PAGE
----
Trainer Gary Contessa (left) and entertainer David Cassidy hoping Mayan King hits the Derby Trail with a win in the Lane's End.

Trainer Gary Contessa (left) and entertainer David Cassidy hoping Mayan King hits the Derby Trail with a win in the Lane's End.


David Cassidy High on Mayan King's Lane's End Chances

Entertainer and active Thoroughbred breeder David Cassidy loves his chances and will take a gamble with his Mayan King in Saturday's Lane's End Stakes (gr. II). The '70s TV and pop music star and long-time Las Vegas performer won't be on hand at Turfway Park, however, as he had already booked a weekend engagement at the Mohegan Sun Casino in Connecticut.

Turfway Park's signature Kentucky Derby (gr. I) prep race will be shown live on ESPN from 4:30-5:30 p.m. EST. The Rushaway Stakes, a 1 1/16-mile race for 3-year-olds, will also be shown live.

Long associated with the New York-bred program, Cassidy takes his shot on the Derby trail with the Florida-bred Mayan King in the nine-furlong Lane's End. A son of Stephen Got Even, who won the race in 1998 when it was the Gallery Stakes, Mayan King is two-for-two, coming off a six-furlong maiden win and one-mile allowance win at Aqueduct for trainer Gary Contessa.

It's a good place to start as the inner track at Aqueduct has produced three of the last four winners of the race. Last year, Sinister G shipped down from New York for the Toscano family to win; in 2003 it was New York Hero, trained by Jennifer Pedersen for Ernie Paragallo's Paraneck Stable; in 2001, the Todd Pletcher-trained Balto Star won the race for Anstu Stable.

Mayan King, out of the Storm Bird mare Miss Popularity, was a $210,000 purchase out of last year's Ocala Breeders' Sales Co.'s March sale of 2-year-olds in training.

"I thought he was an exceptional individual," said Cassidy, who spoke on an NTRA-sponsored conference call today while attending this year's OBS auction. "He had no training and hadn't been broken until January, which is late for a sale 2-year-old. On the first breeze day he had the second best work of the day. On the second day, he flipped his rider and worked the wrong way. Gary (Contessa) was the only guy who had a clock on him and he went :10 and one, :10 and two, :10 and two, and then ran into a fence.

"He was a horse I had to have," Cassidy said. "I thought he'd bring between $300,000-$400,000. The day I bought him I thought he was a Derby horse."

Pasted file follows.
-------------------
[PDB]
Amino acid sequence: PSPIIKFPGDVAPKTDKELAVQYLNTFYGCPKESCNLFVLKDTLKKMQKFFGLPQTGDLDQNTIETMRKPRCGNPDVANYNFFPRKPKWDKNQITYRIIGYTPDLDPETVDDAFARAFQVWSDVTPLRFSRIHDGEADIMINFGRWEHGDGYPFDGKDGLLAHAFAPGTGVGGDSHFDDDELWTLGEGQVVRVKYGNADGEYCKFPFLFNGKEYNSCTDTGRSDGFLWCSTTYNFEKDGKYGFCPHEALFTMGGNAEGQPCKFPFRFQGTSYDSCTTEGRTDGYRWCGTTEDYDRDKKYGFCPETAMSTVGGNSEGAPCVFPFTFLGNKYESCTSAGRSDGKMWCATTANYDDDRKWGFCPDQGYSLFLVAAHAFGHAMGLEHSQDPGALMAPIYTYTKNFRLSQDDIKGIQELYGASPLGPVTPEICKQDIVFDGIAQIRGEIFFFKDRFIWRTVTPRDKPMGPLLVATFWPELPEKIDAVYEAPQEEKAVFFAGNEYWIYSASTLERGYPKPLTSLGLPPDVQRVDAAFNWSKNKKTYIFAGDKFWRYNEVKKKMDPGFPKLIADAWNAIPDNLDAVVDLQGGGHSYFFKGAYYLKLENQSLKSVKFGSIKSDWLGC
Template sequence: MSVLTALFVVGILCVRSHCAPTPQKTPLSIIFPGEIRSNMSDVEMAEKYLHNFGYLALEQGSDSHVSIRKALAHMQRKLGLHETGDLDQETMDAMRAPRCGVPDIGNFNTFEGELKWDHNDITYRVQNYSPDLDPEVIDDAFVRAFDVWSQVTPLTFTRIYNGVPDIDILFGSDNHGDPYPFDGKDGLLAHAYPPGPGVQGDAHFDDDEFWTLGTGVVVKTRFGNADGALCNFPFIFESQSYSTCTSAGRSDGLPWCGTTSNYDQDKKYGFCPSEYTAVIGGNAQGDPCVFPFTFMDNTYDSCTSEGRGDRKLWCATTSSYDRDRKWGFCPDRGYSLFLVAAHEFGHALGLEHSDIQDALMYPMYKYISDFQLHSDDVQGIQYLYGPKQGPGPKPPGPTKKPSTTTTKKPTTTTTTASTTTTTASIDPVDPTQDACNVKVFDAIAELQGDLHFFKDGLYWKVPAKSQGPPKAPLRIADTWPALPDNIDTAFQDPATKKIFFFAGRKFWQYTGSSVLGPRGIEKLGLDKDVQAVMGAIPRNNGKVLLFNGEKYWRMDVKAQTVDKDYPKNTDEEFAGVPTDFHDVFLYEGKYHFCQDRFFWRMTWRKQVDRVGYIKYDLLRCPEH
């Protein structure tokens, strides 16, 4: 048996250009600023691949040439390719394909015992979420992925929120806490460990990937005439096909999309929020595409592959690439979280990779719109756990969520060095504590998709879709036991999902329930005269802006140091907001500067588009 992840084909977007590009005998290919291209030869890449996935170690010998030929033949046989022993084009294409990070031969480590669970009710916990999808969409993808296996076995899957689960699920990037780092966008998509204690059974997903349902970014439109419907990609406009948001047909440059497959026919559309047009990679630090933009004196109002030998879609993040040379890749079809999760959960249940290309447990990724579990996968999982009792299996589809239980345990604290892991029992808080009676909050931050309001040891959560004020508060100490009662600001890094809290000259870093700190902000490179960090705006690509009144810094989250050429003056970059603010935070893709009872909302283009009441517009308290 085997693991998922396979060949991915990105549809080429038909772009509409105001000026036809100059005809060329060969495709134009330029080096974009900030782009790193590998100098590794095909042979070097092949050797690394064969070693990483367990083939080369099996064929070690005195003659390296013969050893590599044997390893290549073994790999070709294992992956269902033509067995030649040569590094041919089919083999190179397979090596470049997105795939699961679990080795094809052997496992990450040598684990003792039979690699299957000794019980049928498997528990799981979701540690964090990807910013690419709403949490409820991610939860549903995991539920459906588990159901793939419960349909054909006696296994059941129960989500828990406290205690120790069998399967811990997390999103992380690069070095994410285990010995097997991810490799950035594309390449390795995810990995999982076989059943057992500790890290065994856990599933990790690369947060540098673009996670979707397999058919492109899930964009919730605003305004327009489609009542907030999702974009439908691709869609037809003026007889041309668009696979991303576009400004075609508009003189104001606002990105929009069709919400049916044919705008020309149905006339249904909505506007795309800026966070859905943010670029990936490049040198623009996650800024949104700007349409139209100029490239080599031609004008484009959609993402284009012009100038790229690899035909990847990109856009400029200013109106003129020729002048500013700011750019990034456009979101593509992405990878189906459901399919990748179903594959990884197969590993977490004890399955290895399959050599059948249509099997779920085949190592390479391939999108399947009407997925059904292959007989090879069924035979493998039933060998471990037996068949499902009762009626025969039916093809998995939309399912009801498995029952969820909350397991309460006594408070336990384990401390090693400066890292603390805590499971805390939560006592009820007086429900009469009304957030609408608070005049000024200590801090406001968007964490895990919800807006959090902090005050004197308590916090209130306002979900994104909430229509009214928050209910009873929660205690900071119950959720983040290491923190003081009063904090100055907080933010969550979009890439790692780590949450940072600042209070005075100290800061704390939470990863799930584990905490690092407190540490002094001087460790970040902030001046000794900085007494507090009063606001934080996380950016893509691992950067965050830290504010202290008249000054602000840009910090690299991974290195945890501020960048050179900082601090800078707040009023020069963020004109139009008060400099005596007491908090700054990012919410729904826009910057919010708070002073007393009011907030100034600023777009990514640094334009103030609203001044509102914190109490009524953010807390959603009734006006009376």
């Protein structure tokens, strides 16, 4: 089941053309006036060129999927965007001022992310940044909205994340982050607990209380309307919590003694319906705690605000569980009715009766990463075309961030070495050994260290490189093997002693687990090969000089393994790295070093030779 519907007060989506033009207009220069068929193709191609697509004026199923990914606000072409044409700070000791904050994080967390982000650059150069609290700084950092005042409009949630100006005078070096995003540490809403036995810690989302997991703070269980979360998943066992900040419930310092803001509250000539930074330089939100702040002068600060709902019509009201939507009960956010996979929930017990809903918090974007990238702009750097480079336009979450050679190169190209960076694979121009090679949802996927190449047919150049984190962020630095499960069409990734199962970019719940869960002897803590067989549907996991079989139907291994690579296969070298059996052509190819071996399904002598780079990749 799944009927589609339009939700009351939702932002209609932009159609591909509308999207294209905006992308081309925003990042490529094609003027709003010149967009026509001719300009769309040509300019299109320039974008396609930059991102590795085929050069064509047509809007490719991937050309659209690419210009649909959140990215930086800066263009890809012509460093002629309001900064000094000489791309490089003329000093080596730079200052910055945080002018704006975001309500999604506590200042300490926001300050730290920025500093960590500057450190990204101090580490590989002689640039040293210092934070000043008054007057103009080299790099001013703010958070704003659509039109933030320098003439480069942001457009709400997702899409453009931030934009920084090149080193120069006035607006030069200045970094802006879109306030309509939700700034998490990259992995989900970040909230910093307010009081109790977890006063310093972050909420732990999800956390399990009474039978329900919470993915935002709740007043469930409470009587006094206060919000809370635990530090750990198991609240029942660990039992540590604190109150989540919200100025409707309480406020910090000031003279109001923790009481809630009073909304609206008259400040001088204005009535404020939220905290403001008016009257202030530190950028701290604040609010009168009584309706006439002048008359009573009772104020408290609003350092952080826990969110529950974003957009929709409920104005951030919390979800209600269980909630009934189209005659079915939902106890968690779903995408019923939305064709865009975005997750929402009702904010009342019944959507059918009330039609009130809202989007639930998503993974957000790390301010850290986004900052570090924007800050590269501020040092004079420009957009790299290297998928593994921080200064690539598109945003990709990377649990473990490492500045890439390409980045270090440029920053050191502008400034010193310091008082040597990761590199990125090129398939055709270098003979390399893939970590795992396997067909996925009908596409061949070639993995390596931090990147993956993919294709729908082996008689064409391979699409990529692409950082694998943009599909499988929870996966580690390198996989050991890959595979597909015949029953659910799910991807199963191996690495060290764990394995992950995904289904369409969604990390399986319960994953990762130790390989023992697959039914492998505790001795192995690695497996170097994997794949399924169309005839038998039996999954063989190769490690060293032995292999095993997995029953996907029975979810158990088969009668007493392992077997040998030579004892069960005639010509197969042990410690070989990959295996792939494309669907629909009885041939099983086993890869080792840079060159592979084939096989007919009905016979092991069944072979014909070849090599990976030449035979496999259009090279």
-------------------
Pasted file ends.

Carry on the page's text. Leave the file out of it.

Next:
He was purchased by Cassidy, Ed Lipton, and Our Canterbury Stables. Lipton is a friend and neighbor of Cassidy who just entered the business last year, and Our Canterbury Stable is a partnership group run by Tom Daly. Both Cassidy and Lipton live in Ft. Lauderdale, Fla, near Mayan Drive, the street the horse was named after.

Mayan King was readied for the races at two, and was five days away from a maiden special weight start at Saratoga when he wrenched an ankle, according to Cassidy. Contessa backed off the colt and he didn't make his career debut until Jan. 28 at the Big A.

Mayan King should face a full slate of Derby hopefuls in the Lane's End, a race that produced last year's Belmont Stakes (gr. I) winner Birdstone from its field.

Expected heavy hitters are Texcess, winner of last year's $1-million Boyd Gaming's Delta Jackpot and a recent second in the San Mateo Mile Stakes at Bay Meadows; Spanish Chestnut, winner of the San Rafael (gr. II) Stakes and a recent third behind Declan's Moon and Going Wild in the Santa Catalina (gr. II) at Santa Anita; and Magna Graduate, winner of the John Battaglia Memorial Stakes over the Turfway surface March 5.

Others expected in the Lane's End are: the Robert LaPenta-owned and Nick Zito-trained Andromeda's Hero; a pair of horses from trainer Ken McPeek in Diamond Isle and Wild Desert; allowance winner Flower Alley and maiden winner Monarch Lane from Pletcher's South Florida contingent; Mr Sword, a winner of three straight for Paraneck Stable and Pedersen; and Silent Bid from trainer D. Wayne Lukas.